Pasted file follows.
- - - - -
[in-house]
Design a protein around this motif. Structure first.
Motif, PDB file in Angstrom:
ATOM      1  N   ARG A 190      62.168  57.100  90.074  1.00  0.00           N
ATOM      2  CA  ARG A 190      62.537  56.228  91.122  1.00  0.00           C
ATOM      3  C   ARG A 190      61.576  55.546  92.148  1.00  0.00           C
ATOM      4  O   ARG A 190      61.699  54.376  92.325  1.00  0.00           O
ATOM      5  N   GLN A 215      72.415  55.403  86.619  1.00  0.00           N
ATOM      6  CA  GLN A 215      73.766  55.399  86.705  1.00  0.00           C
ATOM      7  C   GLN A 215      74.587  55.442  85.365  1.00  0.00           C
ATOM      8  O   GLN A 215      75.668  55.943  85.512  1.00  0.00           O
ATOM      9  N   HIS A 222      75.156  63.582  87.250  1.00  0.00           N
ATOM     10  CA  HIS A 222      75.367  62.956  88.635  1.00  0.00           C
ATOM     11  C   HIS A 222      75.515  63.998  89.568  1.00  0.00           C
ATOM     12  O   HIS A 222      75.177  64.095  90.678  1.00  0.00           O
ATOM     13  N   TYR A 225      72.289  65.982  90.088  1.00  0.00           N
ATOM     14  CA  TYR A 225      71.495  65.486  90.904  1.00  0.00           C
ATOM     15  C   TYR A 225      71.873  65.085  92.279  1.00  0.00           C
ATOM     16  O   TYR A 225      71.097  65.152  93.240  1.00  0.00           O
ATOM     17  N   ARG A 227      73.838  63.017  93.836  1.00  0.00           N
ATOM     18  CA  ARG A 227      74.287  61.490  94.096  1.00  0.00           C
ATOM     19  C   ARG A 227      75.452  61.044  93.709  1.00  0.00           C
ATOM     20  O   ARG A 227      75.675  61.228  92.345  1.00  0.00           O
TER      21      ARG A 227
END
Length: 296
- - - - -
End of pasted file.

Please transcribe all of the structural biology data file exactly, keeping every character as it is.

[in-house]
Design a protein around this motif. Structure first.
Motif, PDB file in Angstrom:
ATOM      1  N   ARG A 190      62.168  57.100  90.074  1.00  0.00           N
ATOM      2  CA  ARG A 190      62.537  56.228  91.122  1.00  0.00           C
ATOM      3  C   ARG A 190      61.576  55.546  92.148  1.00  0.00           C
ATOM      4  O   ARG A 190      61.699  54.376  92.325  1.00  0.00           O
ATOM      5  N   GLN A 215      72.415  55.403  86.619  1.00  0.00           N
ATOM      6  CA  GLN A 215      73.766  55.399  86.705  1.00  0.00           C
ATOM      7  C   GLN A 215      74.587  55.442  85.365  1.00  0.00           C
ATOM      8  O   GLN A 215      75.668  55.943  85.512  1.00  0.00           O
ATOM      9  N   HIS A 222      75.156  63.582  87.250  1.00  0.00           N
ATOM     10  CA  HIS A 222      75.367  62.956  88.635  1.00  0.00           C
ATOM     11  C   HIS A 222      75.515  63.998  89.568  1.00  0.00           C
ATOM     12  O   HIS A 222      75.177  64.095  90.678  1.00  0.00           O
ATOM     13  N   TYR A 225      72.289  65.982  90.088  1.00  0.00           N
ATOM     14  CA  TYR A 225      71.495  65.486  90.904  1.00  0.00           C
ATOM     15  C   TYR A 225      71.873  65.085  92.279  1.00  0.00           C
ATOM     16  O   TYR A 225      71.097  65.152  93.240  1.00  0.00           O
ATOM     17  N   ARG A 227      73.838  63.017  93.836  1.00  0.00           N
ATOM     18  CA  ARG A 227      74.287  61.490  94.096  1.00  0.00           C
ATOM     19  C   ARG A 227      75.452  61.044  93.709  1.00  0.00           C
ATOM     20  O   ARG A 227      75.675  61.228  92.345  1.00  0.00           O
TER      21      ARG A 227
END
Length: 296